Prior to that, the last time a defending World Series champion failed to get a hit:  October 8, 1956 -  Game Five of the 1956 World Series - Don Larsen retired all 27 Brooklyn Dodgers at Yankee Stadium, as  New York won the game by a 2-0 score.  Larsen struck out seven, including pinch hitter Dale Mitchell on a called third strike to end the perfect game.  The Yankees also won the Series, but it took seven games to dethrone the Dodgers.

Speaking of the Dodgers...The last two times they won the World Series, they also happened to be no-hit during the regular season each time.  Believe it or not!  On September 26, 1981, the Houston Astros' Nolan Ryan held LA hitless at the Astrodome; final score:  5-0.  Ryan walked three and struck out eleven, improving his record to 10-5, while lowering his ERA to 1.74.  LA advanced to the World Series in that strike-shortened season, and finally beat their primary nemesis - the New York Yankees - in six games.

Then on September 16, 1988, Cincinnati's Tom Browning was perfect - 27 up and 27 down - in beating LA at Riverfront Stadium; final score:  1-0.  Browning threw exactly 100 pitches in the game, while  recording seven strikeouts, as his record improved to 16-5.  The "hitless wonder"-Dodgers advanced to the World Series; shocking the "Bash Brother"-Oakland A's in five games.

Proving that being victimized by a no-hitter is really no guarantee to winning the World Series for LA; Dennis Martinez of the Montreal Expos pitched a perfect game against the Dodgers - at Dodger Stadium - on July 28, 1991, striking out five in the process.  El Presidente threw 96 pitches in the game, improving his record to 11-6.  The Dodgers failed to make it to the postseason that time, finishing second in the National League West.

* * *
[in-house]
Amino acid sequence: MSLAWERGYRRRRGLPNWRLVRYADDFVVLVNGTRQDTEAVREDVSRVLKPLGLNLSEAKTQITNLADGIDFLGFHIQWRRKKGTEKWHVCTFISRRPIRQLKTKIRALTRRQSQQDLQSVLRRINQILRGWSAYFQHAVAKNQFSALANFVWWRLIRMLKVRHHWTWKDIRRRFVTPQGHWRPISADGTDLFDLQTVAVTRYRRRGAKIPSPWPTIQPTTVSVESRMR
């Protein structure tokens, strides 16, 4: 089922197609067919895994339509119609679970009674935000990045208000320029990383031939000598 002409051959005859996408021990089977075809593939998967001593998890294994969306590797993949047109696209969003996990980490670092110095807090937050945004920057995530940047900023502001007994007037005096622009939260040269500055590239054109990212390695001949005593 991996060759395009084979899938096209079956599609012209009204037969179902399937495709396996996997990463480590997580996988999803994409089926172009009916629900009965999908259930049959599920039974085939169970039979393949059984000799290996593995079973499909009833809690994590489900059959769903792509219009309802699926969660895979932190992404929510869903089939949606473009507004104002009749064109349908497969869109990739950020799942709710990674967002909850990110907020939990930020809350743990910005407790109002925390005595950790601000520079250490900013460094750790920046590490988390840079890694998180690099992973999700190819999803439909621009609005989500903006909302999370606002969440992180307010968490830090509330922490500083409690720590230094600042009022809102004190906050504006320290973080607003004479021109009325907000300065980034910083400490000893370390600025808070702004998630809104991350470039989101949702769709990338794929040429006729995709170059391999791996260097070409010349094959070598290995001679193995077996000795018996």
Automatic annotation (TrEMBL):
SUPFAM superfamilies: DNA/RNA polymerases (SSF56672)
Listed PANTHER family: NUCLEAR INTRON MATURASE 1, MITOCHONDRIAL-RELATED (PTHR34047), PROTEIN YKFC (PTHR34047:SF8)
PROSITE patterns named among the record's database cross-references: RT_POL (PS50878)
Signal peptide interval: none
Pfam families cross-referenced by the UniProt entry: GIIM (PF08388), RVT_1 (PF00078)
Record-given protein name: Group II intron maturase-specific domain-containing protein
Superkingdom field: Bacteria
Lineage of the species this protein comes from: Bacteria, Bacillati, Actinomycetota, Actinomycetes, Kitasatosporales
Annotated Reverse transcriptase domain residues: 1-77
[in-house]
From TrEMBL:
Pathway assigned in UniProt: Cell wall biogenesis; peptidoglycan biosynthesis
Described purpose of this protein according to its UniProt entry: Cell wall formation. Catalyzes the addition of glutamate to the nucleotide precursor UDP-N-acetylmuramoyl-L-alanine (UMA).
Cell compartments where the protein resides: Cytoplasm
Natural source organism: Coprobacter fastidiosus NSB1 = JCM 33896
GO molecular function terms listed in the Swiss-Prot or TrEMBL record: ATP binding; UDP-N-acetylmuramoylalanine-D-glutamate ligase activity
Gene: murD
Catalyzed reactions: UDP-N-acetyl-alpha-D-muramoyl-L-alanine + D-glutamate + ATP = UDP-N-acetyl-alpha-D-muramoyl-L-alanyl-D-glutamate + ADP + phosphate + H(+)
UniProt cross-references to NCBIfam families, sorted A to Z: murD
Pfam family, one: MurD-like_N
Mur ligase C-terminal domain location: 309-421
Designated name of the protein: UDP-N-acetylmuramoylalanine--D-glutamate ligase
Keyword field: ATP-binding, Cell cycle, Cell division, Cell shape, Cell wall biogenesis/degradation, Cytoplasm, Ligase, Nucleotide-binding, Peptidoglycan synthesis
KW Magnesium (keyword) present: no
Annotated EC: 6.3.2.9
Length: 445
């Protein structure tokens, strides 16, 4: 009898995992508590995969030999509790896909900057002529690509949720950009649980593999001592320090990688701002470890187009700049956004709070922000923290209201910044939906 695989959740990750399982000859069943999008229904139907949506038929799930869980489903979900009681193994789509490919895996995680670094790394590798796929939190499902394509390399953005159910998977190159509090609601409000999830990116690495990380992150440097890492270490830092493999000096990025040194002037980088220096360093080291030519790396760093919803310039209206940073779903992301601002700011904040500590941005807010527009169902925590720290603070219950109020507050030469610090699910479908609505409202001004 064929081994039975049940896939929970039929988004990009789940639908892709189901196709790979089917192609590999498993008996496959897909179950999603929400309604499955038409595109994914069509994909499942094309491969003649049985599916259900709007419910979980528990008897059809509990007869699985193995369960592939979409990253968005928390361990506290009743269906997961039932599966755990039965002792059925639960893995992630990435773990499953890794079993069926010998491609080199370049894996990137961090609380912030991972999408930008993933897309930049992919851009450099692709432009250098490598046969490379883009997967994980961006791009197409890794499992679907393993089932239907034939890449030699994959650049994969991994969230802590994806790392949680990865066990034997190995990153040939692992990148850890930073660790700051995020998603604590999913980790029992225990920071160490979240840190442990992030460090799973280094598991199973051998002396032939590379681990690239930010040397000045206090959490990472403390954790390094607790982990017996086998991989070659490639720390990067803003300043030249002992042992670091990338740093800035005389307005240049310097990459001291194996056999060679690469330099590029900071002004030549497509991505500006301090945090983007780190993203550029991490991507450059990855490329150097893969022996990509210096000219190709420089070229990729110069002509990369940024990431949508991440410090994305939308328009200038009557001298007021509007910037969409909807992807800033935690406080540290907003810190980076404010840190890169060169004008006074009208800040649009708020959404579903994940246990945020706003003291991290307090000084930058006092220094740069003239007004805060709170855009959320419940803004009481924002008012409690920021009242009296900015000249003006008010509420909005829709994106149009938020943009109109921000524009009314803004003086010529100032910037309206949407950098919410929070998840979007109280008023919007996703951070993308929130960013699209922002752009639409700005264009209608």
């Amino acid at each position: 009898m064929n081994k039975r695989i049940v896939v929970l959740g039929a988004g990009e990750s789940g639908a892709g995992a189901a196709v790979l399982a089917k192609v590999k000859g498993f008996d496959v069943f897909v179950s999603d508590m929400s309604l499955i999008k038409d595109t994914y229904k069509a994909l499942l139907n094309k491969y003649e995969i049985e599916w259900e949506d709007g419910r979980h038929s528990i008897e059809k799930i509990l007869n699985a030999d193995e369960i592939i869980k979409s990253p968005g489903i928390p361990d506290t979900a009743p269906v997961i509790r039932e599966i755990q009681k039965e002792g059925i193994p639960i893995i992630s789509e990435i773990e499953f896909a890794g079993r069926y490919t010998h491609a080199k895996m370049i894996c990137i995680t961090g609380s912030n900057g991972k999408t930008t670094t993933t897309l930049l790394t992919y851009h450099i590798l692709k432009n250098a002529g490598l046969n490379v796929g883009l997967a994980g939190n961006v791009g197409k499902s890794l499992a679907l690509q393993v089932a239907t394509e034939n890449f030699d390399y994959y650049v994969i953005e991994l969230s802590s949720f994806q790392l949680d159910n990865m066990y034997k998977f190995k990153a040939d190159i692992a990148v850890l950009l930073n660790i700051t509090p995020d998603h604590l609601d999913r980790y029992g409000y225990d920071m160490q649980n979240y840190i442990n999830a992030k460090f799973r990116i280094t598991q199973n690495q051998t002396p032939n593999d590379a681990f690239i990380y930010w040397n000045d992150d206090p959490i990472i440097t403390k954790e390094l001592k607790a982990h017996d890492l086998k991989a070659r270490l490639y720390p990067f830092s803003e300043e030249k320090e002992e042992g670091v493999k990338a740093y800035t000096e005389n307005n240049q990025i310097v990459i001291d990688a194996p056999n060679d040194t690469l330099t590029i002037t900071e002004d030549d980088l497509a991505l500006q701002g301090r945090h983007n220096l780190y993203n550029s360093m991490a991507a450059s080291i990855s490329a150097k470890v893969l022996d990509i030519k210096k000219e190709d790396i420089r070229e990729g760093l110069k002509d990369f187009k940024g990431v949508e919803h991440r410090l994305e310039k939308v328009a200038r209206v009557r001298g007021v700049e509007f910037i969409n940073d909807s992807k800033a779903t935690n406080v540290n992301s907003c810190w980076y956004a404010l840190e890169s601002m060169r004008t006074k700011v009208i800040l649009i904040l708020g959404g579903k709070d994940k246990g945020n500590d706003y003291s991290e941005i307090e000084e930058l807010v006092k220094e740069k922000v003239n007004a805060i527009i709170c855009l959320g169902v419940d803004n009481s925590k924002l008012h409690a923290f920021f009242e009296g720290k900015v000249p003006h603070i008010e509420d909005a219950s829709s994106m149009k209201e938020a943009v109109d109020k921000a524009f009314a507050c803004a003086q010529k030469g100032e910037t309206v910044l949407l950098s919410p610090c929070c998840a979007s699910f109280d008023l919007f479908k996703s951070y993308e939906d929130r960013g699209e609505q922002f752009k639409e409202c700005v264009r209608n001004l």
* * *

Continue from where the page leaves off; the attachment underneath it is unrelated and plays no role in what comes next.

Whereas the Dodgers are hoping their most recent no-hit loss last Friday evening in Seattle will somehow lead them back to their first World Series title in twenty-four years, the Cardinals are hoping to keep the other streak alive, which currently stands at five (including the '56 World Series).  That's how many consecutive times a defending World Series champion has managed to at least make it back to the Fall Classic after succumbing to a no-hitter.  Counting the postseason, the defending champs are 2-3 in those unusual situations.

Of course, the Redbirds would like to improve that record to 3-3, as they hope to defy the postseason odds just one more time this year.  Actually, I seriously doubt anybody in the world is even aware of this unique oddity; although now you know.

Do you love Cardinals trivia as much as I do?  I'm the author of St Louis Cardinals IQ - The Ultimate Test of True Fandom - Volumes I & II (see below):

Saturday, June 9, 2012

Is Beast Mode to Blame for MLB's Rash of Injuries?